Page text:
Acquiring a patent is now of utmost importance when developing any innovative product or solution, as the risks of a copy-cat product being launched are high. Besides, a patent enhances and protects the value of your product or service, particularly in the tech domain.
By Potshangbam July
It’s important to be aware that once an idea or product is out in the public domain without a patent, it is not difficult for someone to steal the concept and claim it as their own. Patent filing should be given priority at an early stage of product development, or there is a high chance of losing the rights associated with being the original creator behind an idea or product. Filing a patent acts as a potential deterrent for someone else coming up with a similar product in the market. In fact, a patent is an effective mechanism to keep competitors at bay. Unlike in the past, Indian tech startups are getting serious about the importance of filing patents, as India is gearing up to become an innovation hub through more investments in research and collaborations. Besides, the Centre is doing its bit by launching various initiatives to nurture the startup ecosystem in India.
Protected products reap more benefits
Startups should consider patent filing as part of their product strategy, and most importantly, start the process at the initial stage of commercialising a product. Patents provide a slew of benefits in the long run that justify the costs and time involved. The most practical thing to do is to file for a patent early, as it protects the product legally, and also gives the patent-holder the right to prevent others from copying the product idea and design. No company can then claim the patent-holder’s innovation as its own, and without the holder’s consent, no one can manufacture and sell it. If an entity imports or exports a patented invention without the owner’s permission, the latter has the right to take action against such an infringement. A patent gives patent owners the sole right to use the invention as per their business plan until the patent period is over.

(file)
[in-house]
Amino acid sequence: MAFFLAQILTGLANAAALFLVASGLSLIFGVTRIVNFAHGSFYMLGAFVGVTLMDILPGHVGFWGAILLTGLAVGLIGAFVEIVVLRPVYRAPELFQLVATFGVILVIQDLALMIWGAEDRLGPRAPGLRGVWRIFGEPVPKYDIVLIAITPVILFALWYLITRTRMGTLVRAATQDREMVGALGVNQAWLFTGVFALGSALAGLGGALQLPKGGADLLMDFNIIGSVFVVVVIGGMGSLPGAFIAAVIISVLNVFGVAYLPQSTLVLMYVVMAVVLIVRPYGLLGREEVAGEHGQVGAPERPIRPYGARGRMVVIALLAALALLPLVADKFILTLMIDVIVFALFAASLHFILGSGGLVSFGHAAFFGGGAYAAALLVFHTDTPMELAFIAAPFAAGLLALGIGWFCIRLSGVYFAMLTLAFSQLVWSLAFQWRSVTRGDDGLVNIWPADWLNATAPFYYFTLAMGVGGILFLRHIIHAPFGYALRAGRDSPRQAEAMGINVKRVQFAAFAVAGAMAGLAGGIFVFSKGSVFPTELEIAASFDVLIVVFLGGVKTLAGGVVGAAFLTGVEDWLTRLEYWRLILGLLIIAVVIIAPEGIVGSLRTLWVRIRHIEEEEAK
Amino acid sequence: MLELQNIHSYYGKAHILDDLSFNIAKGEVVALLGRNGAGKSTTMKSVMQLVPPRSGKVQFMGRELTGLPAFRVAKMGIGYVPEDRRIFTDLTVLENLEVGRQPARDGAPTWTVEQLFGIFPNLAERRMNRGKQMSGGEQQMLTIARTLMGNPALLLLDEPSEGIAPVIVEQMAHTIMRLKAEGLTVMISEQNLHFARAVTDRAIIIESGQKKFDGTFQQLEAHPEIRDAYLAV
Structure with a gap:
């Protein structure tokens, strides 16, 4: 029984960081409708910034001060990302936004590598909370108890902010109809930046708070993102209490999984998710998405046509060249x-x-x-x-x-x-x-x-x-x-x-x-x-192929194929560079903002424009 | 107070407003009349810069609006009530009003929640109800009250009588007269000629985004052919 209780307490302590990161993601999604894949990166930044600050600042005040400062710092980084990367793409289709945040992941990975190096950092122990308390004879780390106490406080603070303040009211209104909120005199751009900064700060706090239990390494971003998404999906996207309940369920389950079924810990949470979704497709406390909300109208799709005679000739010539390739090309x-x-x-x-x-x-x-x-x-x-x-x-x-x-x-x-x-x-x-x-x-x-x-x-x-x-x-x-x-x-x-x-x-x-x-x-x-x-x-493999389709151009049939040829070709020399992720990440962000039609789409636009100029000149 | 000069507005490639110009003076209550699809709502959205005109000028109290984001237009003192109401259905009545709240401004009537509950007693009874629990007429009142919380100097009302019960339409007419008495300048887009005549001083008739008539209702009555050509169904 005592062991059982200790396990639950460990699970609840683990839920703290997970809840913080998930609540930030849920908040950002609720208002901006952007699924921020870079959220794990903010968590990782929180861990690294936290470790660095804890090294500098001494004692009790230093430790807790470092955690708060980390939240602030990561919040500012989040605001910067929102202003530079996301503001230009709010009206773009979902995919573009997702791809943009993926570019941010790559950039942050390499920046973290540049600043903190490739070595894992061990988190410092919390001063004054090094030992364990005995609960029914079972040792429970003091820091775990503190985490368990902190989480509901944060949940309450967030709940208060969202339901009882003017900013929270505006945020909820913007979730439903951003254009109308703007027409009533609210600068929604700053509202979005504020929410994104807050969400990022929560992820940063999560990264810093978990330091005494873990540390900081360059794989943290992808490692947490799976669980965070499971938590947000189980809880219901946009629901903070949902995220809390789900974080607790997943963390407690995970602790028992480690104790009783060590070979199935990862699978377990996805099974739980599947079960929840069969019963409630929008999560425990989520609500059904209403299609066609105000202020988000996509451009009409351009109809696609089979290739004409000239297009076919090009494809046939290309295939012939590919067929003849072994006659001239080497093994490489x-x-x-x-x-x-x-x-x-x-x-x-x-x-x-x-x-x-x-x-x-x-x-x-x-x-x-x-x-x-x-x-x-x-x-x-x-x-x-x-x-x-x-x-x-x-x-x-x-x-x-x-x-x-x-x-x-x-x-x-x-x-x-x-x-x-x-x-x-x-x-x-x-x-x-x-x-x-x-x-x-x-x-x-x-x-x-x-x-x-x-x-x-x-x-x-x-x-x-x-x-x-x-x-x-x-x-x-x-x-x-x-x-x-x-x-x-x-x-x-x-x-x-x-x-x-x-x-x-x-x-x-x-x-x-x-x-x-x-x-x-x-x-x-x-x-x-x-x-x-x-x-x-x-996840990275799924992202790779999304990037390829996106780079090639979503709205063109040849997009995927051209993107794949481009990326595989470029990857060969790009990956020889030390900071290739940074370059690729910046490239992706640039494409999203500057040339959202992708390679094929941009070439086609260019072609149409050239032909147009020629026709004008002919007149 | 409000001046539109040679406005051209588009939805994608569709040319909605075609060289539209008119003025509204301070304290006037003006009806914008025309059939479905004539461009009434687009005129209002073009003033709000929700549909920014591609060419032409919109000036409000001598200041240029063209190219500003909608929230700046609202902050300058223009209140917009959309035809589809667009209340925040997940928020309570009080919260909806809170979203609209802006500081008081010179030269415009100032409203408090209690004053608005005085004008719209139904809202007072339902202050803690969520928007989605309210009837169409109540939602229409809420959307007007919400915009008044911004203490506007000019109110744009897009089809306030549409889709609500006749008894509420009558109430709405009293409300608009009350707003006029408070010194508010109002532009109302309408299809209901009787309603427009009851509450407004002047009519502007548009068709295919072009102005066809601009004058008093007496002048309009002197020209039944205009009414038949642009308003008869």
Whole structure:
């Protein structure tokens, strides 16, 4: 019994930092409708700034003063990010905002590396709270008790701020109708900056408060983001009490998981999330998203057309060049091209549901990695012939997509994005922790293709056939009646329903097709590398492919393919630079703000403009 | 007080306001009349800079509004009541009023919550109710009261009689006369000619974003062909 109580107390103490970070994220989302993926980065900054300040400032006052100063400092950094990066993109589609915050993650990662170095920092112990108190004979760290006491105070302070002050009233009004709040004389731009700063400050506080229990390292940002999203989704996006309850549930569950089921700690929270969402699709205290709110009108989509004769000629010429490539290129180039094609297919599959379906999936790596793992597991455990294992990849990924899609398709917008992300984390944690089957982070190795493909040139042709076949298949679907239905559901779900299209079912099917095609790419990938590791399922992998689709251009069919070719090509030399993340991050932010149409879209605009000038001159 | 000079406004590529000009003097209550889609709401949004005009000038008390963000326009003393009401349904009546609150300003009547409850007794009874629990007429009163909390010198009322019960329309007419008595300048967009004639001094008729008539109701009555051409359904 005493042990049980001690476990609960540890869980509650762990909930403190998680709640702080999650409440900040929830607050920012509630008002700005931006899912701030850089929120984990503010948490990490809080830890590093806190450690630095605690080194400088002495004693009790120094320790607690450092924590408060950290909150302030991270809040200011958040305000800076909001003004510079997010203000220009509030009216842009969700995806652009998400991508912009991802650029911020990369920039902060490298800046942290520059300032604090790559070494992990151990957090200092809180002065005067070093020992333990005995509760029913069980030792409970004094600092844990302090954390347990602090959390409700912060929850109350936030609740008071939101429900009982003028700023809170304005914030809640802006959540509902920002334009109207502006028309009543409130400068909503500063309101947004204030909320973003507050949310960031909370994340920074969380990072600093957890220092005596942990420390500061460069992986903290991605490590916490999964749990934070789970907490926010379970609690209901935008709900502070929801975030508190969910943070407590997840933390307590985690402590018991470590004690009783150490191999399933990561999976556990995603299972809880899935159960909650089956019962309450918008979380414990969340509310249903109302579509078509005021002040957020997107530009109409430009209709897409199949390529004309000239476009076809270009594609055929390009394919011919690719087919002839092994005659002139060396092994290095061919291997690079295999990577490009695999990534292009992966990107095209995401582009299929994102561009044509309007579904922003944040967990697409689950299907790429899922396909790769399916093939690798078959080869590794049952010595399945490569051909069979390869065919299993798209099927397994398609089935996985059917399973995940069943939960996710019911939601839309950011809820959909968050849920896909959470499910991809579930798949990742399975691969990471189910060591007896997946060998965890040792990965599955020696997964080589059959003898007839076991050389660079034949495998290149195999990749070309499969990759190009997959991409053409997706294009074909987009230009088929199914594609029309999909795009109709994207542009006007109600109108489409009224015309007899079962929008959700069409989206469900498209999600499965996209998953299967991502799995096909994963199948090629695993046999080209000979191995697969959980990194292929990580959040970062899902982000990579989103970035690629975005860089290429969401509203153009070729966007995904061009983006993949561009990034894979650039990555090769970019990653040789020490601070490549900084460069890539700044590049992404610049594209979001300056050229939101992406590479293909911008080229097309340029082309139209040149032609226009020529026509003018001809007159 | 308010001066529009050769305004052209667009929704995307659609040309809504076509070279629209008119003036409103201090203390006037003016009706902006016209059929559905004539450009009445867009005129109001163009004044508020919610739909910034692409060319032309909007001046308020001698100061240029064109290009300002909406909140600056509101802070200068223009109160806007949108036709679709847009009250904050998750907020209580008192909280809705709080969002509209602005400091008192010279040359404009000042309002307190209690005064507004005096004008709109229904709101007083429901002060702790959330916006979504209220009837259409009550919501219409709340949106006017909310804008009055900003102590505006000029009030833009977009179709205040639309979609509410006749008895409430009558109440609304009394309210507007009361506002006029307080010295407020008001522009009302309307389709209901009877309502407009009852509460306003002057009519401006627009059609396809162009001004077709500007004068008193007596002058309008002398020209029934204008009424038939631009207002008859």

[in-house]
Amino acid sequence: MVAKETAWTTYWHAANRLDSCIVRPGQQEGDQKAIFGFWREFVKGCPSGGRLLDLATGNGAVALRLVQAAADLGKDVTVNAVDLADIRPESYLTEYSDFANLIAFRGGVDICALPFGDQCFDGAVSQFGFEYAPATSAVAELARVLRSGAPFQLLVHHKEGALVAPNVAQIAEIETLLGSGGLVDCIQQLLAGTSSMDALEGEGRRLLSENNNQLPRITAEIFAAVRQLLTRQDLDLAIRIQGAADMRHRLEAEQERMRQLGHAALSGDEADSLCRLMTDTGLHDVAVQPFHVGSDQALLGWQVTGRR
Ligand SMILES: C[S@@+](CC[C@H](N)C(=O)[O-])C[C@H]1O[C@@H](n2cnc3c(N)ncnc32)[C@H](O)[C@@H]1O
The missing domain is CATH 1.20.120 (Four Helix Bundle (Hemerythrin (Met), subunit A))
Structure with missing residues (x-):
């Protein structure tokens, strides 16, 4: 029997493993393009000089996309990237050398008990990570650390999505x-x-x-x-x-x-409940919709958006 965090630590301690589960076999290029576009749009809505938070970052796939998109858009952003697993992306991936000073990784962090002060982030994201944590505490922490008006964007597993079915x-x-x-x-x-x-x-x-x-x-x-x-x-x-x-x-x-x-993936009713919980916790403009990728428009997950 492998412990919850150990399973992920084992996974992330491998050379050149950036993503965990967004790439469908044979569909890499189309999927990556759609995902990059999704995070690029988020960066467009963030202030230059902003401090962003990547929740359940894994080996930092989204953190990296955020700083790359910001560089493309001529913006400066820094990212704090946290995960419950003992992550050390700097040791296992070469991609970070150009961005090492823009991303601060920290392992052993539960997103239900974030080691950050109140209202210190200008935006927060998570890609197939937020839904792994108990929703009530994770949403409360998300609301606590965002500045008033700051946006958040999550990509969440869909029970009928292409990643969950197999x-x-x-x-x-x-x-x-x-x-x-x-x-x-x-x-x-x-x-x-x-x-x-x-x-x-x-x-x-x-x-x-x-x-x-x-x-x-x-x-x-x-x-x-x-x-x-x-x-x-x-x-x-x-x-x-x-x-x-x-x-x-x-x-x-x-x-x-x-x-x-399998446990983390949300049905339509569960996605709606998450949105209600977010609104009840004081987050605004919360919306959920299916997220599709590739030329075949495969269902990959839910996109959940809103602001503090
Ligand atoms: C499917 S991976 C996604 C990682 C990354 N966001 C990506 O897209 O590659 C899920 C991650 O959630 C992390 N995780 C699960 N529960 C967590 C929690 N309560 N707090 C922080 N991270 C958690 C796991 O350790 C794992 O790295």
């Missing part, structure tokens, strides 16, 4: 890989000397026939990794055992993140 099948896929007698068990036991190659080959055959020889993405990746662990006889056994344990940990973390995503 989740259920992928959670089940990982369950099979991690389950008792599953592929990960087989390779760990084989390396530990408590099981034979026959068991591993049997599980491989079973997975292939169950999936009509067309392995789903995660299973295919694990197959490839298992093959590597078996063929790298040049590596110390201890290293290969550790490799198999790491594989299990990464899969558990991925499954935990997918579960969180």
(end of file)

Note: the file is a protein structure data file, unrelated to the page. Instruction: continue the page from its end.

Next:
The big advantage of getting a patent is that the patent holder can license it to others to use or even sell it. It becomes a significant source of revenue, and also helps to recover the amount spent on R&D and filing for the patent. There are businesses that have been established solely to collect the royalties from a patent they have licensed – in combination with a registered design and trade mark. Above all, a patent raises the value and potential of a product, which bolsters the confidence of the investors and helps to attract them. Venture capitalists are keener on collaborating or investing in startups that have already secured a patent.
Somashekar Ramakrishna, senior partner, BananaIP, points out some of the advantages of filing for a patent:
- Ensures exclusivity in the market
- Increases the financial valuation of the company
- Offers opportunities to gain licensing revenues
- Comes with various business development and marketing advantages.
Risks of not patenting your invention
Due to the complexities involved in the patent application process, and the need to pay a fee to maintain the patent, many startups tend to ignore the significance of patents. This can cause a huge problem as the market has become very competitive. Successful products without patents become an easy prey for competitors, who can use an invention without seeking a licence to use or sell it.